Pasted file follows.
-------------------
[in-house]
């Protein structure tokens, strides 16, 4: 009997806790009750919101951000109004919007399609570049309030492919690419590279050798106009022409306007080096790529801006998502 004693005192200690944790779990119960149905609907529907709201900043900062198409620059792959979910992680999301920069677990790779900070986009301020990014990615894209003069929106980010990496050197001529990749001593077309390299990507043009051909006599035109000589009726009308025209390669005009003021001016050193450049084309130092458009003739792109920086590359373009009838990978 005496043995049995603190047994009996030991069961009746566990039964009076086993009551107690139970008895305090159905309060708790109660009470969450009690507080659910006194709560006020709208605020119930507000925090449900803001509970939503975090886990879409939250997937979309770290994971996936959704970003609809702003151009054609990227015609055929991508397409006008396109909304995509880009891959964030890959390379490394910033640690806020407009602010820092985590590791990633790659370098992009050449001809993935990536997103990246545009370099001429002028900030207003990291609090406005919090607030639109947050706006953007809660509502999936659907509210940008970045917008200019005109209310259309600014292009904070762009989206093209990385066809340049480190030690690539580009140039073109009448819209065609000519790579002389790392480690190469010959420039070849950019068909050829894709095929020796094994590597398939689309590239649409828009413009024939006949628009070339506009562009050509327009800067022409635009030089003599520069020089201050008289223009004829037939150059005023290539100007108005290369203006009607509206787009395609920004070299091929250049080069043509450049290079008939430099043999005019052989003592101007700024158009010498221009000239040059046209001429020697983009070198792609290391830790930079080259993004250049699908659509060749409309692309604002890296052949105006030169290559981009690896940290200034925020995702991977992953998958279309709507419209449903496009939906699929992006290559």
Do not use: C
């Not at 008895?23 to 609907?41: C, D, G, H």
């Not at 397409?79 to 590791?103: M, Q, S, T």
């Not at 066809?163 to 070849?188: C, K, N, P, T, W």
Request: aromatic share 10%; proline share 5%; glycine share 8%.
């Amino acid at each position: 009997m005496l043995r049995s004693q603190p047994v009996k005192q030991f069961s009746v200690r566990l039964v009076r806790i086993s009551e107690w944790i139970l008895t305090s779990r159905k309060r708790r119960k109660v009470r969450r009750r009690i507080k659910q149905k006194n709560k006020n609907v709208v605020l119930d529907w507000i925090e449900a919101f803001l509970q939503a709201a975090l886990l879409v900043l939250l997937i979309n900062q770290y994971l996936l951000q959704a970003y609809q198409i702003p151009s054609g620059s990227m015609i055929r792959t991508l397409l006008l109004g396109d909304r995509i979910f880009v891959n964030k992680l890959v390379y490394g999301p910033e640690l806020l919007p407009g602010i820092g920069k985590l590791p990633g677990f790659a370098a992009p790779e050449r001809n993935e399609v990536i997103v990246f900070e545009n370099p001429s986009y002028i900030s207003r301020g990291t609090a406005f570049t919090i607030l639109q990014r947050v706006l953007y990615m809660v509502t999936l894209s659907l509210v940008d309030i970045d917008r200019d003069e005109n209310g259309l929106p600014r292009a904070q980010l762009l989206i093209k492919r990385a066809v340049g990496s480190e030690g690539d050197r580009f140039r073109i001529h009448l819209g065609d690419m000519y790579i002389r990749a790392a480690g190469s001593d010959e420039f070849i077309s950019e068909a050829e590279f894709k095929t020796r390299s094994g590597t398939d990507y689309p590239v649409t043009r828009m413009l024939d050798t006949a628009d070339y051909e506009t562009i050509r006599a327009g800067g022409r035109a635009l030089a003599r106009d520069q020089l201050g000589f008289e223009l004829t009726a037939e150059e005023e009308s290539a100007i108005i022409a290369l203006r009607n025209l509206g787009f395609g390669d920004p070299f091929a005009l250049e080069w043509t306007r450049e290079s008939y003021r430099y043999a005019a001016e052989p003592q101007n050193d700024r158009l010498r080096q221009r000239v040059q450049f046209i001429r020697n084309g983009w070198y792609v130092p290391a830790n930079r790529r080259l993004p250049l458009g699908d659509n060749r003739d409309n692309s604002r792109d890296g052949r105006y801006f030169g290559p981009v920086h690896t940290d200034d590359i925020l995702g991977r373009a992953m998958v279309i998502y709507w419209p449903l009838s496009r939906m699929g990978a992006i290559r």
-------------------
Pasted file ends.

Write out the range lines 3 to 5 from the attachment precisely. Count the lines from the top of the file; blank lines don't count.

Do not use: C
């Not at 008895?23 to 609907?41: C, D, G, H």
């Not at 397409?79 to 590791?103: M, Q, S, T």